Yoga neck rolls are an excellent way to relax and warm up for the rest of your yoga practice. They're one of my favorite yoga techniques because they can be so soothing. Below is an excerpt from my book which tells you exactly how to do them. Enjoy!
Type of yoga pose: Can be done standing or sitting. Sitting in a cross-legged, half-lotus or full lotus position enhances the relaxation benefits of this exercise.
Body parts targeted: Neck and upper back
How to do the pose:
1. Stand or sit erect and relaxed with your hands and arms at your sides or on your knees if seated.
2. Breathe in and out slowly and relax for a few seconds.
3. First inhale and gently drop your head so that your chin is resting on your chest on or below your collarbone or as far as you comfortably can reach in the beginning. Hold for one or two seconds and exhale as you slowly raise your head and resume its upright position. Repeat this movement two more times.
4. Inhale and gently drop your head toward your back so the back of your head is touching your back or as far as you can comfortably go. Hold for one second. If you are very stiff and haven’t done many neck movements in years, you may experience discomfort. Take it easy and move gently. Exhale and move your head back slowly to its upright position.
5. Inhale and turn your head as far as is comfortable to the left side (no, you are not going to do a full head turnaround as in the Exorcist!), hold for a second, exhale and return your head to the center starting position. Be careful not to move your shoulders as you turn your head to the side. You want to maximize the neck stretch. Repeat twice more. Do the same movements to the right side and back three times.
6. Inhale and move your head straight downward to the left side, hold for a second, exhale, and return head to upright position. Repeat twice more on left side. Do the same movement on the right side three times.
7. Inhale and drop your head very slowly until your neck is completely limp and your chin is resting on your chest on or below your collarbone, or as far as you can comfortably go.
8. Ever so slowly, roll your head to your right side. Keep your neck loose and allow the weight of your head to pull your neck muscles. Imagine you are a marionette and someone is gently maneuvering the strings that move your neck.
9. Continue moving your head slowly until your head is touching your back. (You are making a half, not a full circle).
10.Exhale and gently roll head back to the front. Lift your head and resume its upright position. Repeat twice more on the left. Do the same movements on the right side three times.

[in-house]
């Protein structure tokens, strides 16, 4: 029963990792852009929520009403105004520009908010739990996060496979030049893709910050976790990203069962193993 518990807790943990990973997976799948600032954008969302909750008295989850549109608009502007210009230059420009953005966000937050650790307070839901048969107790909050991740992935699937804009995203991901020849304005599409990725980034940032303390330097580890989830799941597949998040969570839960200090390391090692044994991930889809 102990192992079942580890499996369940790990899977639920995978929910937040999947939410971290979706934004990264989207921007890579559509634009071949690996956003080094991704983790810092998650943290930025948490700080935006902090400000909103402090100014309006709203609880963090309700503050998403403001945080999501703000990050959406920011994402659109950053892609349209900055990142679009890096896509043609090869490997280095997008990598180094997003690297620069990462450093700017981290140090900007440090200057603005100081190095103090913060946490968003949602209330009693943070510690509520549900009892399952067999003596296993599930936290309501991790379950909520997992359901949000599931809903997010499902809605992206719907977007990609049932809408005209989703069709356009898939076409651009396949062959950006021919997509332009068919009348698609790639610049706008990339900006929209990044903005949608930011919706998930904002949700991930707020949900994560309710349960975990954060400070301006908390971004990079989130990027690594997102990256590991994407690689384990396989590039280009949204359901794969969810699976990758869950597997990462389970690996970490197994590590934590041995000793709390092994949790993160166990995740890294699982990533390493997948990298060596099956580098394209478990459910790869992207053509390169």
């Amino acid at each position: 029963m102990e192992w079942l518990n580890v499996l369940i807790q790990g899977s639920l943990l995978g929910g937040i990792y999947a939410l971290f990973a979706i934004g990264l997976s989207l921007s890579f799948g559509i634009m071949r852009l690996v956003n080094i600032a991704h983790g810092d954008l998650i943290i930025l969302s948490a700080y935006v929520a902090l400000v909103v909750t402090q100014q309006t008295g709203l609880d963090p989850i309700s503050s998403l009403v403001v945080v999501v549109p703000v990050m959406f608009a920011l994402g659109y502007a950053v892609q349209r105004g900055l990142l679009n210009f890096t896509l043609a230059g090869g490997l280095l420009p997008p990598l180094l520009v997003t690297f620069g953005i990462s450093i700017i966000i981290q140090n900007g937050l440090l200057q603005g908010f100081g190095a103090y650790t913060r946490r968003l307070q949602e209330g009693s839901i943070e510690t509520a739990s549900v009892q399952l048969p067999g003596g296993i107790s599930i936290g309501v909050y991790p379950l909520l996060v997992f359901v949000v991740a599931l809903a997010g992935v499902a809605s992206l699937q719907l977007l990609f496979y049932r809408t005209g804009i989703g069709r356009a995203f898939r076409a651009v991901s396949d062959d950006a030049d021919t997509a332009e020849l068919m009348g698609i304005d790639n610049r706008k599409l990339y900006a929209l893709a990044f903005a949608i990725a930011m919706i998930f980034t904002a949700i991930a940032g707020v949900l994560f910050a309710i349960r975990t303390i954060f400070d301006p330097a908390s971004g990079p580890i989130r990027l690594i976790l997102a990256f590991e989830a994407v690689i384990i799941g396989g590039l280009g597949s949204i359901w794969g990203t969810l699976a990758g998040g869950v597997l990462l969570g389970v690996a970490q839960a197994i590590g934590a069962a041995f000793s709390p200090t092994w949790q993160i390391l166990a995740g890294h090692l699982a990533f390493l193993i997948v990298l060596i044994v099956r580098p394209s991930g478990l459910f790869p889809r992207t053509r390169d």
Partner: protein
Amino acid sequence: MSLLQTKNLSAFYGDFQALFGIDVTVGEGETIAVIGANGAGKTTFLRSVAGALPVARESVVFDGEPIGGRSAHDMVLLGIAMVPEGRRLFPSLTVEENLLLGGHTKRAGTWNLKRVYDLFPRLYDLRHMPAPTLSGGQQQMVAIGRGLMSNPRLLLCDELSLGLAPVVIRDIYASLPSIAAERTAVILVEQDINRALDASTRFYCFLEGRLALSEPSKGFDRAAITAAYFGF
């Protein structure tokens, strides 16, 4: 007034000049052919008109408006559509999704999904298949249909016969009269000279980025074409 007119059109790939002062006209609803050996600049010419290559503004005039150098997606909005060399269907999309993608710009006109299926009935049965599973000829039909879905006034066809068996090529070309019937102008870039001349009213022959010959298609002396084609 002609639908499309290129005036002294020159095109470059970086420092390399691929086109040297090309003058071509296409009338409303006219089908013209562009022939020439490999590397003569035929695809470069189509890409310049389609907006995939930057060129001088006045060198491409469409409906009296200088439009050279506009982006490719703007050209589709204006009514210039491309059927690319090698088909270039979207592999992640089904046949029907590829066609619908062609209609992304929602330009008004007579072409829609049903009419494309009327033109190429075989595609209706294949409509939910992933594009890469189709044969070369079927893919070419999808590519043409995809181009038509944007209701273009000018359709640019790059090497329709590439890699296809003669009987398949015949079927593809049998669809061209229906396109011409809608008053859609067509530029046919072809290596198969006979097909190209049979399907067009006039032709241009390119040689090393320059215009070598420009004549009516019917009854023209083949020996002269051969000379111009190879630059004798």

Practice time: 3 repetitions of this pose takes about 5 minutes.
Number of repetitions: 3 on each side.
Key benefits from this pose:
1. Helps warm you up for your yoga session.
2. Relieves stiffness, tension, and pain in the neck and upper back.
3. Enhances flexibility and mobility of the neck.
4. Helps tighten the area right under the chin.
5. Smoothes lines from the neck and helps elongate the neck.
6. Relaxes body.
Special hints and Laura’s experience with this pose:
The neck is an area of the body that tends to collect neuro-muscular tension that can cause pain and stiffness. Once, when I was 24 years old I spent an entire day typing at an office. I barely moved as I focused on completing a project. Big mistake! I put undue stress on my neck. My neck became so stiff that I could hardly turn my head for the next 3 days! I had to take several warm baths before the stiffness eased and before I could resume turning my head and moving my neck normally.
Neck rolls are feasible for most beginners. If you have had any neck injuries or whiplash, check with your physician or medical advisor first. If done very gently, however, neck rolls can help to strengthen the neck area and heal it from injury. As yogi Erich Schiffman recommends in his book, Yoga – The Spirit and Practice of Moving into Stillness, keep your eyes closed as you do the neck rolls to “magnify the sensations.”
At first, you may hear cracking or graveling noises in your neck as you move your head. I heard mild crunching at the top of my neck when I began doing neck rolls. However, with consistent gentle practice, your head should be able to revolve smoothly as if it had been well lubricated and any crunching or cracking noises should be minimal. Remember, never jerk your head in any way. Think s – m – o – o – t – h movement.
You can fit in neck rolls throughout the day as an afternoon tension reliever at your desk or at night before sleep to totally relax you. If I have trouble sleeping, I do the neck rolls. However, I usually do neck rolls in the morning as a warm-up for my daily yoga session.